“When he [Amal Neerad] narrated the script to me, I wasn’t sure if I would be able to pull of such a role. Priya was a very intense role, but said, ’don’t worry. I have complete confidence that I will be able to make you do the character” said Lekshmi. His brief was to keep Priya raw and real.
Lekshmi claims she was just a tool in making Neerad’s ambitious vision come alive.
“In whatever scenes we were doing. He wanted me to keep it subtle and he didn’t want me to overplay any instance in this film,” said Lekshmi, who had to play a strong-yet-vulnerable rape survivor.
Watching Faasil act was also a revelation of sorts for this newcomer, who was a doctor before she took her plunge into movies.
“I observed that he puts a lot of thought before he does the acting.
Before he comes into the scene, he thinks for the character a lot — all before the shot is being taken. His face expressions were something that I couldn’t even think of. He maintains the same expression till that shot is finished. I was learning from the very best.”
Faasil has a more cryptic understanding of his craft and how he tackles roles.
“Every aspect of Varathan was challenging. You are not just yourself while performing here. There is a way to measure the temperature in your body or the intensity of your heart beat, but you never know what happens to a performer when he or she becomes another character.”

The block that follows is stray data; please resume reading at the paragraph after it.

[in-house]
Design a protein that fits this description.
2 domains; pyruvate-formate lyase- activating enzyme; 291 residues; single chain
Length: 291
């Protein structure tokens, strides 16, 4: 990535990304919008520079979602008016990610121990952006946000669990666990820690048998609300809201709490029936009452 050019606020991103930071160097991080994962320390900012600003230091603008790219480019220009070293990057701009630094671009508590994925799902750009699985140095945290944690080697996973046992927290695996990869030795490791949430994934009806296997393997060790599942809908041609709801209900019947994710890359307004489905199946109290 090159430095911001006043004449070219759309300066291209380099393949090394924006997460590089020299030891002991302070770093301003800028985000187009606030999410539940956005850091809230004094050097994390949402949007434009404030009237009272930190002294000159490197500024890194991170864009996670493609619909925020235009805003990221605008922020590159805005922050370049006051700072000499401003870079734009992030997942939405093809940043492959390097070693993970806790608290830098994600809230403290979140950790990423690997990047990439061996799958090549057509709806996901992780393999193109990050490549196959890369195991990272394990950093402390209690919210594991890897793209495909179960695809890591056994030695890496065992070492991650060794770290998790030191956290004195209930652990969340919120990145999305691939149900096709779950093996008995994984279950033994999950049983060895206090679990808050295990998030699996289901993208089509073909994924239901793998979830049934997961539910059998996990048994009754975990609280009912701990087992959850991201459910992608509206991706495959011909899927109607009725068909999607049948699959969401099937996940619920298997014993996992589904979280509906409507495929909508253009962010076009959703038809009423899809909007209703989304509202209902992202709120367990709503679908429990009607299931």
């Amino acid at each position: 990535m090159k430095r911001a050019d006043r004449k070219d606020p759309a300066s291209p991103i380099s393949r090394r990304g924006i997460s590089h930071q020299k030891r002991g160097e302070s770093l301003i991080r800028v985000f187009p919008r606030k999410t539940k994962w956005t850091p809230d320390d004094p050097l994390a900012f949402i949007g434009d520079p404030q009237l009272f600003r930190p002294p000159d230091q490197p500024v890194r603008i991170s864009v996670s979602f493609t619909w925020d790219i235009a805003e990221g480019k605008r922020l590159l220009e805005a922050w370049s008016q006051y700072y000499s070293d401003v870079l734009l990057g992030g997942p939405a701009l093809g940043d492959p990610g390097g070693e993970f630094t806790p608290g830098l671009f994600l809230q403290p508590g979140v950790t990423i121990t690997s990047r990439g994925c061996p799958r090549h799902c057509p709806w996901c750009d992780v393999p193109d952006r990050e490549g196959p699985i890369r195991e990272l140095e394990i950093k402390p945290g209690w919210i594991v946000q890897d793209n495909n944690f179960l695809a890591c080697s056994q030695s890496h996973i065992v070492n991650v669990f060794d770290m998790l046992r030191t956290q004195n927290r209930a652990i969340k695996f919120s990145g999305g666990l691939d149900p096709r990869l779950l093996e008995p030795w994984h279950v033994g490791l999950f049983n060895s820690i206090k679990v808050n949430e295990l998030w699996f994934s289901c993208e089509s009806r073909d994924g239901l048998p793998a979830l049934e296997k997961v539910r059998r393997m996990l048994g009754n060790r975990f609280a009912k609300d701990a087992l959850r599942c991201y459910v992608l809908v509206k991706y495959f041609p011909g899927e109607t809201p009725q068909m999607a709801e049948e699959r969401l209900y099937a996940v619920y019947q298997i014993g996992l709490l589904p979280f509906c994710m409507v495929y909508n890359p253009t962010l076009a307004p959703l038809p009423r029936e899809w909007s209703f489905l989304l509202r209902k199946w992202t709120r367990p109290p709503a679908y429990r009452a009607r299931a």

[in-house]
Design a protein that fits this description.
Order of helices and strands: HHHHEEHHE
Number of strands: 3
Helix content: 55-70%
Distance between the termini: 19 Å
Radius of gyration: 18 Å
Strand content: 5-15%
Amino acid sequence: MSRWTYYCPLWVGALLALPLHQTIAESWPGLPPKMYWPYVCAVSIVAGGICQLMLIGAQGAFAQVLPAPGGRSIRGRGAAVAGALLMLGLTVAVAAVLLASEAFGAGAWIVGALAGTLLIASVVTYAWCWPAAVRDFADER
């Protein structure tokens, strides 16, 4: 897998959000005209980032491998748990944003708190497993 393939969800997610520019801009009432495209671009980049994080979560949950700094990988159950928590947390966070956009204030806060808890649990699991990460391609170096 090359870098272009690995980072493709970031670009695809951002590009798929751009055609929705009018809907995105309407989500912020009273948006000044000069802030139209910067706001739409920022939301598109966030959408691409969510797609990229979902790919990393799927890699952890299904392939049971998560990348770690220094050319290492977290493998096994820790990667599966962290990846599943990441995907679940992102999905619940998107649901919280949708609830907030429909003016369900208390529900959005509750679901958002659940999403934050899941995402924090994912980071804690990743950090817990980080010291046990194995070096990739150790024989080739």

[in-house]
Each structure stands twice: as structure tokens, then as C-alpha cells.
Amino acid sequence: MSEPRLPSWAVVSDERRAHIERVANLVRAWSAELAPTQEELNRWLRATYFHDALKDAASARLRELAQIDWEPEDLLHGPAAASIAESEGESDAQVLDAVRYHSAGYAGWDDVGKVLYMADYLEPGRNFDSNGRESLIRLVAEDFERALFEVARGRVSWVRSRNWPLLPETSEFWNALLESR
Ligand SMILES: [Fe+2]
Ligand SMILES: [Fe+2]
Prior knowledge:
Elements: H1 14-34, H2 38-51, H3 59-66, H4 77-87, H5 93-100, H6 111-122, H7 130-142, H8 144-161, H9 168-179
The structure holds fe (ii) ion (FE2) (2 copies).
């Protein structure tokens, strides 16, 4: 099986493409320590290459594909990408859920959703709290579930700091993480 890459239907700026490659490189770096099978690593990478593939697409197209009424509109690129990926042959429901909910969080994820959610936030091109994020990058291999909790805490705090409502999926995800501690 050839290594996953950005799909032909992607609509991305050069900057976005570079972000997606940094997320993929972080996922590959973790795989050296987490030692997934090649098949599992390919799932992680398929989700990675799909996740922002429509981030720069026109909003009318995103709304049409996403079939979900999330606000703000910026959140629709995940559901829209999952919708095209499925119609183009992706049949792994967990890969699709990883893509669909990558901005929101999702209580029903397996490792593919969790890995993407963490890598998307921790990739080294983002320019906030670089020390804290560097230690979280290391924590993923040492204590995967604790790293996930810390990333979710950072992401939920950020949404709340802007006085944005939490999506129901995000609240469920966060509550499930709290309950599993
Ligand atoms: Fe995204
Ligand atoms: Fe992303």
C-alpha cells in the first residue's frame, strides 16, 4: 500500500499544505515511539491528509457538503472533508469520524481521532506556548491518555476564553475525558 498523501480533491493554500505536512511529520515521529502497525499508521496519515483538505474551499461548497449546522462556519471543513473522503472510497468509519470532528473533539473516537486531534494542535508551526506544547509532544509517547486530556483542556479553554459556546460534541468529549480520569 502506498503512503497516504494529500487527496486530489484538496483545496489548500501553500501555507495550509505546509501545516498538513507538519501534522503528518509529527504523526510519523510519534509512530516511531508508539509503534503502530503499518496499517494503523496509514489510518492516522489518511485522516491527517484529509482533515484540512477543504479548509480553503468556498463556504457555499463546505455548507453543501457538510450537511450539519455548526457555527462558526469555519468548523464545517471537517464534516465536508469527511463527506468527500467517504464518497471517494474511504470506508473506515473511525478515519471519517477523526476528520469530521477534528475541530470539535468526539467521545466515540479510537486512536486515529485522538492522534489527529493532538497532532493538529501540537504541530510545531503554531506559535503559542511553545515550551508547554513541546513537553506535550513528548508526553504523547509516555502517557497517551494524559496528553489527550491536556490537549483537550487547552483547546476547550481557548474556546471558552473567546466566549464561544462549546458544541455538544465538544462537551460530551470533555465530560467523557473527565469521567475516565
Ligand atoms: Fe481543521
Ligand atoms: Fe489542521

Aishwarya Lekshmi on…
Life changing after Mayanadhi, her first blockbuster: “I have started loving cinema more. That is the only change that has happened. There is a lot of increase in my passion for cinema.”
Her favourite psychological thrillers: Taxi Driver and Manichithrathazhu, which she has watched at 18 times.
Her advise to aspiring actors: “To anyone who wants to become an actor, never lose hope and waiting is the key. Read more. Only when you give input do you get more output. And always be natural.”
What makes a good thriller: “A good script and a fantastic Director Of Photography.”
Was her medical degree, a ruse to get permission to act in films: “Education was never a prerequisite for me to get permission from my parents because they would never have given me the permission for it anyway. They are orthodox because there has never been anyone in our family who has gone into acting ever. Just like any other parent, they were just concerned. But, definitely, I didn’t take my medical degree to get approval from my parents. I am blessed that I hold such a degree… The degree is too great for me. I do not see it in a light note.”
“There’s much more to life than a job. Varathan doesn’t deal about a job loss alone. It deals with human emotions and how it can bring the devil in you.” Faasil, who plays a character whose job prospects seem grim in Dubai and takes the call to return to Kerala.
“Amal Neerad is a director who manages to combine style and substance and make it appealing to his audience,” said Faasil.